For many Greek philosophers being unchanged, like the unmoving planets & stars in the sky (lol), was the ideal.  God being more perfect than the heavenly lights was described as the unmoved mover.  Perhaps an unchanging God and the desire for stoic living is an ideal but I don’t think it is a genuinely Christian one. In the Bible God is seen to be active, involved, and invested in the world as well as the people of Israel, and even the lives and struggles of individuals.  The gospels report that when Jesus saw people in need he had compassion on them and was then moved to act.  For many praying Christians the expectation of intercessory prayer is that it does something.  Why then would Christian theologians insist that prayer cannot change God or the world?  They wanted God to be perfect.

One reason they thought a changing God would imply imperfection is that a change must necessarily be for the good or not.  So if God changed then God would either change ‘good’, revealing that previously God was not perfectly good, OR change for the worse which would reveal that God is less than ‘good’.  But should one not see reality primarily as static but necessarily moving, then divine perfection would be affirmed because of the nature and character of God in the movement. There is something inherently risky in loving and there is something moving when you understand and respond to someone.

If loving each other requires change in us then it seems reasonable that the God who is love is always being moved by the reality of God’s beloved. It is in this relational vision of God and the world that a Process thinker can imagine intercessory prayer changing things.  When time is not an illusion* but the on-going interaction of God and the world then our participation, actions, involvement and lack there of have consequences.  Just think of Jesus visit to his home town in Mark 6:4-6 where the people’s lack of faith inhibited Jesus from healing all that he desired.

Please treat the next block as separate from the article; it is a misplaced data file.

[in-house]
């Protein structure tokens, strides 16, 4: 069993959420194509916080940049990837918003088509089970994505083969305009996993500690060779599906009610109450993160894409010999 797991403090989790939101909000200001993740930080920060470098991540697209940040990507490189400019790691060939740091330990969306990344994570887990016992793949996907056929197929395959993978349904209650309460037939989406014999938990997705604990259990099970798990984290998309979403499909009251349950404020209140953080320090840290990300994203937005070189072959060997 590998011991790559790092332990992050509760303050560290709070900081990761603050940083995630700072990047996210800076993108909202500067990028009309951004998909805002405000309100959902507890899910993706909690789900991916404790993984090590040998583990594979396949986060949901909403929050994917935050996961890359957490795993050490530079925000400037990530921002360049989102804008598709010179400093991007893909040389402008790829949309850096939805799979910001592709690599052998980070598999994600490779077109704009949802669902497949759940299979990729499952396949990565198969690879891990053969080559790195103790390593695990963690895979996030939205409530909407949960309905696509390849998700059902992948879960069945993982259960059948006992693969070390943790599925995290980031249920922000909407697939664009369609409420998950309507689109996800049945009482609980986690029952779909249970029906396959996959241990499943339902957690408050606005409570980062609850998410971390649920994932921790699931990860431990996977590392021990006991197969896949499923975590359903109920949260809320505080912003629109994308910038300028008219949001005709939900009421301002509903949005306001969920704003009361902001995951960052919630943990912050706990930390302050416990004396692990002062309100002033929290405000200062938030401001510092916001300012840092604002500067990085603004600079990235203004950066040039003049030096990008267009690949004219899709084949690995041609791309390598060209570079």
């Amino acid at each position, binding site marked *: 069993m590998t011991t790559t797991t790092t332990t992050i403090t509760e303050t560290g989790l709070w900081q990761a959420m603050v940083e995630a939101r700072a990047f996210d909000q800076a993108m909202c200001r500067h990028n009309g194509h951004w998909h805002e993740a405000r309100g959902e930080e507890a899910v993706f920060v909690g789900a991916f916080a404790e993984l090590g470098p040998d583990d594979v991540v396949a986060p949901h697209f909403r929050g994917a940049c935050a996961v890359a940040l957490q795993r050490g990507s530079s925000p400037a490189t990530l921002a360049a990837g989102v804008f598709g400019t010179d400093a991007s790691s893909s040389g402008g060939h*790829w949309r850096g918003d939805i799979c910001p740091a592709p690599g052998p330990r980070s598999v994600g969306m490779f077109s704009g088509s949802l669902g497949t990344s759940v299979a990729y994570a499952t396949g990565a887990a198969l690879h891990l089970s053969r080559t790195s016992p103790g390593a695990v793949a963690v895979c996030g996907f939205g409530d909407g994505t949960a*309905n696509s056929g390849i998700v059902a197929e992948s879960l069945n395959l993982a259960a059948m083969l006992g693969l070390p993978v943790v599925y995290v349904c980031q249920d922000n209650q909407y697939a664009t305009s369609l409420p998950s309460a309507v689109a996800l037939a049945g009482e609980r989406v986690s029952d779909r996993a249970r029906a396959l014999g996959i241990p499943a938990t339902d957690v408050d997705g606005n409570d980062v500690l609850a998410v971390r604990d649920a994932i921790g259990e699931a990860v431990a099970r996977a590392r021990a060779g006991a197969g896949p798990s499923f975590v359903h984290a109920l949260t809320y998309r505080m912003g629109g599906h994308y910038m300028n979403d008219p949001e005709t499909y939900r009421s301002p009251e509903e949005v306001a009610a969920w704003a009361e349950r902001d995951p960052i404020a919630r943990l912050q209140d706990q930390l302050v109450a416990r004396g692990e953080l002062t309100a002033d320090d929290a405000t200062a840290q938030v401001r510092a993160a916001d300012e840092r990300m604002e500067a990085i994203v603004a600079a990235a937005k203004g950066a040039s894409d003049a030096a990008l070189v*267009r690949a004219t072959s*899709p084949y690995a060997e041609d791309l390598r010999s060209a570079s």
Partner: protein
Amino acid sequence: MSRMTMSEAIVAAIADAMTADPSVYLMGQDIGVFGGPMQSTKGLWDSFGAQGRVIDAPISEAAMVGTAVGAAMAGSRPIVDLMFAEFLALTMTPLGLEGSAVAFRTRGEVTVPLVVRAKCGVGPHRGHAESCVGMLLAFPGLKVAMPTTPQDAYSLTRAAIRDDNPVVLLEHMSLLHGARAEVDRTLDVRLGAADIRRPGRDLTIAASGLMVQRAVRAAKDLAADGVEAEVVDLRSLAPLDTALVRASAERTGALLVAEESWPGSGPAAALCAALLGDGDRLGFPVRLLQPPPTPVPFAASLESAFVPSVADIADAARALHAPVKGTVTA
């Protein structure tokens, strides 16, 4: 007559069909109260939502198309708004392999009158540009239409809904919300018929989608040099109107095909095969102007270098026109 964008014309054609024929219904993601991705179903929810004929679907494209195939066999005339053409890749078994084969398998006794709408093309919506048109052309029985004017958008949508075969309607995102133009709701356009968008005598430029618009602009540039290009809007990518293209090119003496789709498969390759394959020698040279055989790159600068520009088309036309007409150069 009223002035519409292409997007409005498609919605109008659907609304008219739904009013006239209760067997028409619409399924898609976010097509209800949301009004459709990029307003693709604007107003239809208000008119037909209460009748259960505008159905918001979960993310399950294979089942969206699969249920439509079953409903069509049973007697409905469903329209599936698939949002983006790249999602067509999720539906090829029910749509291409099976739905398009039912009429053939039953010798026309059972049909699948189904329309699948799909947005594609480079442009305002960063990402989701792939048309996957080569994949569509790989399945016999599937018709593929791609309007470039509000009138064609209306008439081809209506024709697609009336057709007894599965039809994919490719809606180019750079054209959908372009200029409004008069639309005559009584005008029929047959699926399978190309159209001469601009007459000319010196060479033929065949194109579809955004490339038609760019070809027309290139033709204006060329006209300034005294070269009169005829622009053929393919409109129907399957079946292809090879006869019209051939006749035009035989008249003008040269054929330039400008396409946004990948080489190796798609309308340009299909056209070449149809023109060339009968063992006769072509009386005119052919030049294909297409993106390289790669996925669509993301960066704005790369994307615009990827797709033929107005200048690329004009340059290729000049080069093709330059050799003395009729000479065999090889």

Love requires real relationships which include the 3 risks of:

  • duration
  • freedom
  • and openness.

God is not perfect by being beyond these risks – but in them. As participants in this open and relational world, we can join God at every moment of the duration of our life.  Regardless of what happened before, if we used our freedom for good (or ill) we are again given the grace of the divine presence and lure.  This lived openness is then the matrix of God’s perfect love.

If you have any questions for Bo and Tripp, they’ll be on-hand today to address some of them! Consider this a “101” for Process Theism.  I just ask that you be courteous 🙂 ———————————————————————————————————————————

* [A popular theological move to preserve divine perfection was to assert that time is not real for God.  Sure we experience it as a real sequence of events with causes, effects, and possibilities but in actuality the story has already been written, completed, and was settled by God before we ever make our first appearance in the story. There is a problem with saying that time is not real for God…if it’s not real for God then time is simply an illusion.  Beyond that it seems to me that the scriptures testify to a God that works in and through history, for and with the world.  Divine perfection then must be timely – an ever-present and incarnational activity in which God is lovingly present to all the world and every context, inviting, luring, calling, and empowering the world toward the Good.  Then, regardless of what happens, perfect divine love is faithful and greets the next moment with the same possibility.]

Tripp Fuller and Bo Sanders are two of the brewers at Homebrewed Christianity and will be helping to host this year’s Emergent Village Theological Conversation in Claremont, Ca from January 31-February 2. You can sign up at